An elusive role for MSP in parthenogenetic nematodes
Detection of MAP kinase activity in maturing oocytes of parthenogenetic nematodes let us explore the role of MSP as a potential trigger for this activation. Using an antibody directed against the C-terminus of C. elegans MSP , we analysed MSP expression in parthenogenetic nematodes by two independent methods, immunofluorescence and Western blotting. The well-known identity of MSP C-termini in a wide range of nematodes, at least from Ascaris to Caenorhabditis (Figure 4D; ), already suggests a cross-reactivity of the antibody with MSPs from the Acrobeloides and Diploscapter group. Indeed, both methods were able to detect heterologous MSP of the non-parthenogenetic nematodes Acrobeloides (herma) and Acrobeloides (bisex) which are closely related to the parthenogenetic A. nanus (Figure 3C, E; 4A, B). Moreover, our experimental setup was sensitive enough to detect small puncta of extracellular MSP in the gonads of C. elegans (Figure 3A, inset) as reported in a previous paper . Despite these controls, we were not able to identify even weak MSP signals in the parthenogenetic species D. coronatus and A. nanus (Figure 3G, I; Figure 4A, B). To rule out possible alterations of the antibody recognition site in parthenogenetic nematodes, we cloned MSP C-termini from the parthenogenetic D. coronatus and from Acrobeloides (herma). We chose Acrobeloides (herma), the hermaphroditic sister species to A. nanus, because cloning of A. nanus MSP was not successful. The C-terminal MSP sequences we isolated were identical to the respective C. elegans epitope at the amino acid level (Figure 5A), making antibody failure an unlikely explanation for the absence of a signal. Therefore, our observations are consistent with the absence of MSP at the protein level in the parthenogenetic species and with the fact that MSPs are expressed exclusively in developing spermatocytes or males in C. elegans and other nematodes [19–24].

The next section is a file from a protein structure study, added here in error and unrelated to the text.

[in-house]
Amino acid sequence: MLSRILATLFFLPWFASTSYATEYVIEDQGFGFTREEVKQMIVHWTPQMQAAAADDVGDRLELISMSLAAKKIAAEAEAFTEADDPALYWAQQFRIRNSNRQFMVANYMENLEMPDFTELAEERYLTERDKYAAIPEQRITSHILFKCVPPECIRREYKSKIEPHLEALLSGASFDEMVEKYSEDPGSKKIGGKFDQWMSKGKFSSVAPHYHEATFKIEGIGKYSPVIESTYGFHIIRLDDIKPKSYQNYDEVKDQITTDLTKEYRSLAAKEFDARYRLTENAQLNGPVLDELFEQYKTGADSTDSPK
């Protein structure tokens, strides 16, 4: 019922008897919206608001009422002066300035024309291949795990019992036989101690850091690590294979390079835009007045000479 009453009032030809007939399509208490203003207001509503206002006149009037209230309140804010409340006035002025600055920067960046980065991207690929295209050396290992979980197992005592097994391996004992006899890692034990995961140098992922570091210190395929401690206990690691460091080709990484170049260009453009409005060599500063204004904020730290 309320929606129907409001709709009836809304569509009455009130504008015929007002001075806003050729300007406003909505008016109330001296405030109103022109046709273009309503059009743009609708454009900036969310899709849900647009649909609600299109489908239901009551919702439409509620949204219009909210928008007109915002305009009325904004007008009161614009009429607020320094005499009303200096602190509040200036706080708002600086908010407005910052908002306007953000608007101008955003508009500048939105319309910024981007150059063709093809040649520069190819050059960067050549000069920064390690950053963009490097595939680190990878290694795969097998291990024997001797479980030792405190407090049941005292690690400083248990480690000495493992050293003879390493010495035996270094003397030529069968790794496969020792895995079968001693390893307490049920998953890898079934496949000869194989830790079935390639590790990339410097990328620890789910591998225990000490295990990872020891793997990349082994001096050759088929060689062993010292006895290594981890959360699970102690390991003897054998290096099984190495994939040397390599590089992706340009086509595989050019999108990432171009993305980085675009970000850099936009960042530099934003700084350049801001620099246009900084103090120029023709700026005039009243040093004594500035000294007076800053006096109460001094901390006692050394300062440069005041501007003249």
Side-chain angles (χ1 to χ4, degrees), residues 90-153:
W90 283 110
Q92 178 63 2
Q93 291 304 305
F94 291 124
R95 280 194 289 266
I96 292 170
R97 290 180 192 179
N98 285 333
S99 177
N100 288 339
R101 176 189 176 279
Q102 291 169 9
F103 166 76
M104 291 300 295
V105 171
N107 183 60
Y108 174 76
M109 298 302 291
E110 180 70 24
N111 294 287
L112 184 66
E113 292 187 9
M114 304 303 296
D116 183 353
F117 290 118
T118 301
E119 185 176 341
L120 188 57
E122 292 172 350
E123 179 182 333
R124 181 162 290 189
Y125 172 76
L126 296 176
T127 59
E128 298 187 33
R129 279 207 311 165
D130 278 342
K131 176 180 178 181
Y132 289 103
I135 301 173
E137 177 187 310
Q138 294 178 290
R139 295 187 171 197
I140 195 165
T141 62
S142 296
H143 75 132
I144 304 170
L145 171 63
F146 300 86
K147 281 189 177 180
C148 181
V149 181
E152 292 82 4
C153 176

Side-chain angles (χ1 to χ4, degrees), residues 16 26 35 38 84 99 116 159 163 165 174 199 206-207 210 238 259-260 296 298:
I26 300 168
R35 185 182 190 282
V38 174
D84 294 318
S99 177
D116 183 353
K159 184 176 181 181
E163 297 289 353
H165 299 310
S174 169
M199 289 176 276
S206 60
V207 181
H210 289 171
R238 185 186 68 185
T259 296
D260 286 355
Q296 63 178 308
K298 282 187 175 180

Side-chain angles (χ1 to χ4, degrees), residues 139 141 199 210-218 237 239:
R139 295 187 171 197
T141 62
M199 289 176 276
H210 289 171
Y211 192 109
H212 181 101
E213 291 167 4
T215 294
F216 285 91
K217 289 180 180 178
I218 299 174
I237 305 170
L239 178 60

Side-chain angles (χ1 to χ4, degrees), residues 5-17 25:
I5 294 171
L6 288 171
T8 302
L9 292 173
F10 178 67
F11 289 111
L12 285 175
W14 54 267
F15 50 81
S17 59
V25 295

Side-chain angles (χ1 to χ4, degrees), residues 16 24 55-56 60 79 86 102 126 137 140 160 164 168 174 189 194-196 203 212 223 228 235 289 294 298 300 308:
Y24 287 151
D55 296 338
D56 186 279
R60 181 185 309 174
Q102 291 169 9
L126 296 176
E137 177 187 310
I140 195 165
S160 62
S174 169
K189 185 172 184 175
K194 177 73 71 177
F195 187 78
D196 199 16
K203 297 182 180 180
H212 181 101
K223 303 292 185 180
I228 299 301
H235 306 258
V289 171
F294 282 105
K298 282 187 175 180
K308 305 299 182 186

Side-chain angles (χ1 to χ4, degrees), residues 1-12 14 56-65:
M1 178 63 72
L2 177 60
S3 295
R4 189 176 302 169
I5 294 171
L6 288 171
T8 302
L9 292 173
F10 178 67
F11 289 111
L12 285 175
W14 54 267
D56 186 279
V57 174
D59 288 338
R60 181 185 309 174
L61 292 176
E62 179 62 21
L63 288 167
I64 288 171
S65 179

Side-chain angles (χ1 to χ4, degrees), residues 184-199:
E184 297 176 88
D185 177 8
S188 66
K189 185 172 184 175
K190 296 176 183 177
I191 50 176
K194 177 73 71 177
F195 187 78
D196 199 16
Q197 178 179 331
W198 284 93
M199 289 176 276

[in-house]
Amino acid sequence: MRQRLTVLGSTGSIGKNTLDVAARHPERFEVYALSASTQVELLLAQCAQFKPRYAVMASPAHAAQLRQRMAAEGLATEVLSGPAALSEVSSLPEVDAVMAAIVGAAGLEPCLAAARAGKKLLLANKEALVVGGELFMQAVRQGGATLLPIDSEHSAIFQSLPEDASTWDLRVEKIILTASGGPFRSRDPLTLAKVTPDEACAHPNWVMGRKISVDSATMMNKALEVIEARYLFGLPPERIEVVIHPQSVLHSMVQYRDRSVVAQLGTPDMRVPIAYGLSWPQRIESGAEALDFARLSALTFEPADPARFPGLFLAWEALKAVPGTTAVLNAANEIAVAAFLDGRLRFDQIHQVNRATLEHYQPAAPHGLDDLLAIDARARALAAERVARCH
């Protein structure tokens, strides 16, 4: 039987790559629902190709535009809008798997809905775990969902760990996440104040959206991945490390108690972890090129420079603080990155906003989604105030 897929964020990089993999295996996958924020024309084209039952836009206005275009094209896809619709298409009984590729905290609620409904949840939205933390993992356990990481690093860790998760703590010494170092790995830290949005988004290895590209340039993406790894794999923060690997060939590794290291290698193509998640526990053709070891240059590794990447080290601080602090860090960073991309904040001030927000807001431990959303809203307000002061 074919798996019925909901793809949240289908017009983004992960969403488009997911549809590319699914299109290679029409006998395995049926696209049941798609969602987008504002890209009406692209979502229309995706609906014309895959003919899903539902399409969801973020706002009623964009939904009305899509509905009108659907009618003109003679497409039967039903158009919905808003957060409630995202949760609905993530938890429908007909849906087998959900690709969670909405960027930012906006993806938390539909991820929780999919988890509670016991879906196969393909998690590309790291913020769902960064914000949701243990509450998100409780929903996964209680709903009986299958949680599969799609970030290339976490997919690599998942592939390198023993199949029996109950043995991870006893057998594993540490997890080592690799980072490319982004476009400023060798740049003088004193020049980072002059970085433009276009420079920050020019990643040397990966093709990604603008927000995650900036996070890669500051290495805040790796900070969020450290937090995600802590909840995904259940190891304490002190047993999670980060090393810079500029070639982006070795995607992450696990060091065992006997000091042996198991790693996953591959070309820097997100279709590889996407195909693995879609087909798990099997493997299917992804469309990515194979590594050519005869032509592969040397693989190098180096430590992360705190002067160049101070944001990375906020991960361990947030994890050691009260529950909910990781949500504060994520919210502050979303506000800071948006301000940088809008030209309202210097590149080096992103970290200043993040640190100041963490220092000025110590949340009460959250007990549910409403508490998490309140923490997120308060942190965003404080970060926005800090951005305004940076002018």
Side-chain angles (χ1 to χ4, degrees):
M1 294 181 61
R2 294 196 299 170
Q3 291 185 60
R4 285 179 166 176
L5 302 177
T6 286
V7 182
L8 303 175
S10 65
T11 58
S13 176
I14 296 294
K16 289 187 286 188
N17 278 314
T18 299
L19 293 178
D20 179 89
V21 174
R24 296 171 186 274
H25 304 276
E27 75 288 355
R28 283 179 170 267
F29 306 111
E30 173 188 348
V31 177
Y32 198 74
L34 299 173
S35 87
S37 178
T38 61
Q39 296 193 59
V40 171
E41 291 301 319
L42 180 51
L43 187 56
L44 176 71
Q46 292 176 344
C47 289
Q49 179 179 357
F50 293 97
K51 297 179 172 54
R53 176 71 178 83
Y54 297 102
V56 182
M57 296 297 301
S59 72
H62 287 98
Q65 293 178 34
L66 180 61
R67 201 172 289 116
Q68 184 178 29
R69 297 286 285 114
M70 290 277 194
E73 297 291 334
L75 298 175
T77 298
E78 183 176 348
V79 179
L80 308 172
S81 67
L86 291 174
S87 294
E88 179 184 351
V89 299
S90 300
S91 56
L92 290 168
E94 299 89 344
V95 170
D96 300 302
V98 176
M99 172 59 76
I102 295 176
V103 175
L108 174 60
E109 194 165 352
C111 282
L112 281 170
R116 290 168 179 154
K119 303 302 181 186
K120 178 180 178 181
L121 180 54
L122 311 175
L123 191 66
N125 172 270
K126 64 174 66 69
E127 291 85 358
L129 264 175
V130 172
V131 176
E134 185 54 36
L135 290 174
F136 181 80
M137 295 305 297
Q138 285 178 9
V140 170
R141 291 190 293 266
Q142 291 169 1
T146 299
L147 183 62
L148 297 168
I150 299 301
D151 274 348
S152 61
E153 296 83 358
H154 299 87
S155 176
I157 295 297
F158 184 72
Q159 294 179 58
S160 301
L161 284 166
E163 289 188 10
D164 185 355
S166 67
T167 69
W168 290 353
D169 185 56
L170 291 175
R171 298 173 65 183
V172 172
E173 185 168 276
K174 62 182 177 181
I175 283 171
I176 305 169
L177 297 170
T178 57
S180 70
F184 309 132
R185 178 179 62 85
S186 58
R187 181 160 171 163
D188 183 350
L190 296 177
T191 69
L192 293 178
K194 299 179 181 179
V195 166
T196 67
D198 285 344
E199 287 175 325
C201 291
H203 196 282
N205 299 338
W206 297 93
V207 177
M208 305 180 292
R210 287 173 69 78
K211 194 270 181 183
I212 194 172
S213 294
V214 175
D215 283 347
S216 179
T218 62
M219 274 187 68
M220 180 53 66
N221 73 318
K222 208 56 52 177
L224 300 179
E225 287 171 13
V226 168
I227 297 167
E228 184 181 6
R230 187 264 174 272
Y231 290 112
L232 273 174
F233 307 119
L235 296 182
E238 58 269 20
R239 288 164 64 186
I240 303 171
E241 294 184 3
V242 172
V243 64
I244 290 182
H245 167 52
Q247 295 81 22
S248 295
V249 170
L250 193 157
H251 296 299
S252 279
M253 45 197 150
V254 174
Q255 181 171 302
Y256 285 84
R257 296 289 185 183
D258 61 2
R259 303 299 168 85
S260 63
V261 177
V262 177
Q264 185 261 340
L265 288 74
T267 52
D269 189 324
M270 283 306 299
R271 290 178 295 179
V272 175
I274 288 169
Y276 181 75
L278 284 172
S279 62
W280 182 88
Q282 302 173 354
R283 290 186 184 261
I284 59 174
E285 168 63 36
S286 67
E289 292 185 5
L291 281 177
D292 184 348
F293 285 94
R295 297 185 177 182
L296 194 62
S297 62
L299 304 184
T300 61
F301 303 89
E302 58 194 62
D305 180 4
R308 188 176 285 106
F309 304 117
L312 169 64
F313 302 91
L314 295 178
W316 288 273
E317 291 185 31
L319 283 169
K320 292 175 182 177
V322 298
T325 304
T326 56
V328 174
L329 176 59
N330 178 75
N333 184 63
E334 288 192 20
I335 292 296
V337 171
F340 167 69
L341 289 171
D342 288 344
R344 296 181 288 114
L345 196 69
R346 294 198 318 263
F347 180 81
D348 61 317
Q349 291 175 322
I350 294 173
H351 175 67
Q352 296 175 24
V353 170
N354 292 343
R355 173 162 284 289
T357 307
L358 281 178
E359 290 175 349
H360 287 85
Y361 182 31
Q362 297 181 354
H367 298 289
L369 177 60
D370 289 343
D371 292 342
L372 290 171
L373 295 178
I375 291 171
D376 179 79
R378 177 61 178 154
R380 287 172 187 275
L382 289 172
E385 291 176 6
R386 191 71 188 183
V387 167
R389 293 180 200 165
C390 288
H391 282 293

In contrast to our findings, a previous paper reported the presence of MSP in two parthenogenetic species of the cephalobid group (clade 11), Acrobeloides maximus and Zeldia punctata . However, evidence for MSP expression delivered in this paper is uncertain as no appropriate controls are presented. First, immunostaining of the A. maximus gonad detected puncta that could represent secreted MSP. However, they could also be an artefact, the more as the signal is positioned in the distal gonad where it is absent in C. elegans . Close inspection of the data further indicates a high amount of puncta filling the entire space between oocyte nuclei. This observation would imply abundant expression of MSP in A. maximus and other parthenogenetic nematodes which is not the case according to our data (Figure 4).